FDA to Require More Details on ‘Added Sugars’ in Food Labels

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July 28, 2015


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There is an ongoing war against sugar in the American diet. The goal: To help combat an obesity epidemic that generates higher risks of diabetes and heart disease. And now the U.S. Food and Drug Administration (FDA) is expanding its proposal to warn consumers of “added sugars” in the food they purchase.

The FDA announced Friday that it will require manufacturers to include what percentage the “added sugar” in a product contributes to a person’s daily recommended intake. The current label requires the “percent daily value” be listed for total fat, saturated fat, cholesterol, sodium, total carbohydrate, dietary fiber, calcium and iron.

FDA officials said that the requirement would add much-needed context for consumers to help them better understand how the sugar they eat contributes to the total calories they consume each day.

This is an extension of an earlier proposal by the agency to require food nutrition labels to include the amounts of “added sugars,” meaning sugar not already in the food before it was produced and packaged.

“The FDA has a responsibility to give consumers the information they need to make informed dietary decisions for themselves and their families,” said Susan Mayne, Ph.D., director of the FDA’s Center for Food Safety and Applied Nutrition. “For the past decade, consumers have been advised to reduce their intake of added sugars, and the proposed percent daily value for added sugars on the Nutrition Facts label is intended to help consumers follow that advice.”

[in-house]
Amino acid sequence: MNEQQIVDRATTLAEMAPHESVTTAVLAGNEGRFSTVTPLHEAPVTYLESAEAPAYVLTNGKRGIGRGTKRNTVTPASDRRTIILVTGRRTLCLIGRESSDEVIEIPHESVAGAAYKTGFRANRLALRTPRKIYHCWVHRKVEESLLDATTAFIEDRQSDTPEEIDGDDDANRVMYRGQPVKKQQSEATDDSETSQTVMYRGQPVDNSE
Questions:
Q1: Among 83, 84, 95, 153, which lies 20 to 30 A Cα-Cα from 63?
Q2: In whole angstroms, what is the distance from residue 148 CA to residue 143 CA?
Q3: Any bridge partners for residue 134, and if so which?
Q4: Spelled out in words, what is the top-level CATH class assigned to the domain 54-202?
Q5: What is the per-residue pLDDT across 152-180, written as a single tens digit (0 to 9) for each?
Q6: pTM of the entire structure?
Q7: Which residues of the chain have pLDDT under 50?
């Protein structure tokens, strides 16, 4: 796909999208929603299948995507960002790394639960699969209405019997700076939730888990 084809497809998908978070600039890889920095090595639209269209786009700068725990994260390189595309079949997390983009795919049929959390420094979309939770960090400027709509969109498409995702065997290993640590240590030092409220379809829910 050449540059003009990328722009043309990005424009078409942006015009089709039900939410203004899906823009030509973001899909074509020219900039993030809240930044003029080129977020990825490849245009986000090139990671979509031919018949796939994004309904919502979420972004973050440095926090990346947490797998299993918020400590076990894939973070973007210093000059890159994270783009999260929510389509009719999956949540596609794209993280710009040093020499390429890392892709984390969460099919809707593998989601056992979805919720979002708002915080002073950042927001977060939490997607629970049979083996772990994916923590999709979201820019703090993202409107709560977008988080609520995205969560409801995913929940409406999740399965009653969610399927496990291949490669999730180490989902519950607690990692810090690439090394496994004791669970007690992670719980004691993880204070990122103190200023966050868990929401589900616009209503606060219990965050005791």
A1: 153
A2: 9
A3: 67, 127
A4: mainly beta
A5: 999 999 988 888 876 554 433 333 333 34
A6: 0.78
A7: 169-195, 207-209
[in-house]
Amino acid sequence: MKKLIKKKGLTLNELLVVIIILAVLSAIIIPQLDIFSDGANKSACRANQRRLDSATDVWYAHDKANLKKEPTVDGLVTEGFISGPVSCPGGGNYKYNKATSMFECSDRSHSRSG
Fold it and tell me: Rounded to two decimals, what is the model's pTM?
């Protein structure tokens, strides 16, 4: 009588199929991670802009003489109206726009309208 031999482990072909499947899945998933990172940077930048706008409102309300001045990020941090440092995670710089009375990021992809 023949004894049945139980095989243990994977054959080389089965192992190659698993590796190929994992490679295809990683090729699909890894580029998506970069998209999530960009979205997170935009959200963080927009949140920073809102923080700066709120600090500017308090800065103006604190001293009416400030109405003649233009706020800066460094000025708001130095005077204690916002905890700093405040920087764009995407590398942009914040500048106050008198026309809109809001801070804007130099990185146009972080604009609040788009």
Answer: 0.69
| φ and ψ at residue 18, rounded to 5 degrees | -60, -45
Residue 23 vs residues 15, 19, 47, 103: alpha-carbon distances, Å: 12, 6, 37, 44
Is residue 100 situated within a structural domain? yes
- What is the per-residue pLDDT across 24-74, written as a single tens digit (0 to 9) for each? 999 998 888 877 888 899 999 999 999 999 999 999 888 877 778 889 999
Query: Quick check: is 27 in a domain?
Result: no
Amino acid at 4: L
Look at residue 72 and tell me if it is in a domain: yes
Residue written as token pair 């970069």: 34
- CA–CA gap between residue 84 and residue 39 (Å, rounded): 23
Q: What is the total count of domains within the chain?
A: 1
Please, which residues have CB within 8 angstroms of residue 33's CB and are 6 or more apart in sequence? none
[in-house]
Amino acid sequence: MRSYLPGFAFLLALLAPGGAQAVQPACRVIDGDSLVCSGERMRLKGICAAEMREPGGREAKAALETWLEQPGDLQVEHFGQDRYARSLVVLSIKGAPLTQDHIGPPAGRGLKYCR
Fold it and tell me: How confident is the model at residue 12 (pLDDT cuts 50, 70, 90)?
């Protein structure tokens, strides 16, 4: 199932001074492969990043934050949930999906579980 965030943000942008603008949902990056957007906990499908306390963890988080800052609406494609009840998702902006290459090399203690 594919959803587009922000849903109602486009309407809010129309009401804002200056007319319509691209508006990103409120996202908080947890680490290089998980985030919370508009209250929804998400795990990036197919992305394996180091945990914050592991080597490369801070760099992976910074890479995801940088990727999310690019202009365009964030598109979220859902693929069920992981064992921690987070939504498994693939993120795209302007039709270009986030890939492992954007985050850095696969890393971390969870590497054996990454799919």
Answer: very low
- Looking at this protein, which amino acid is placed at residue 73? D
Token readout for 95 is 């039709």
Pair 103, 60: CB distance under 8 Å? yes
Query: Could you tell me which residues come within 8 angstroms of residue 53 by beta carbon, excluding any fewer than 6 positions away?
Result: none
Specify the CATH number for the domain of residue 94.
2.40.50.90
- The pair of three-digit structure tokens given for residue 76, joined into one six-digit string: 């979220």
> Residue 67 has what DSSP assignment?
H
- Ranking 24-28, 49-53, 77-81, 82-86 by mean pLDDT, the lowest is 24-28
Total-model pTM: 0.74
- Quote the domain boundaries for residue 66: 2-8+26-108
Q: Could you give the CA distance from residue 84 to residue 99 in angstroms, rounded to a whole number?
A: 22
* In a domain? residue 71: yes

Added sugars are defined as sugars and syrups that are added to foods or beverages when those items are processed or prepared. These include common ready-to-eat cereals, candy, cookies, sodas and a range of other food products that are packaged or canned. Added sugar also includes those sugar packets you open to sweeten your coffee or tea.

Carbohydrates provide your body with the glucose it needs to function properly. There are two types of carbohydrates: complex and simple. Foods rich in complex carbohydrates and fiber are called good carbohydrates. Simple carbohydrates include foods with added sugars and are called bad carbohydrates. Added sugar is fast becoming the bigger evil in diets that escalate heart disease.

The 2015 Dietary Guidelines Advisory Committee (DGAC), an independent advisory committee to the FDA, recommends that Americans limit added sugars intake to less than 10 percent of total calories.

Most U.S. adults consume about 22 teaspoons of added sugar a day, which is far more than recommended by the American Heart Association: No more than six teaspoons or 100 calories a day of sugar for women; no more than 9 teaspoons or 150 calories a day for men.

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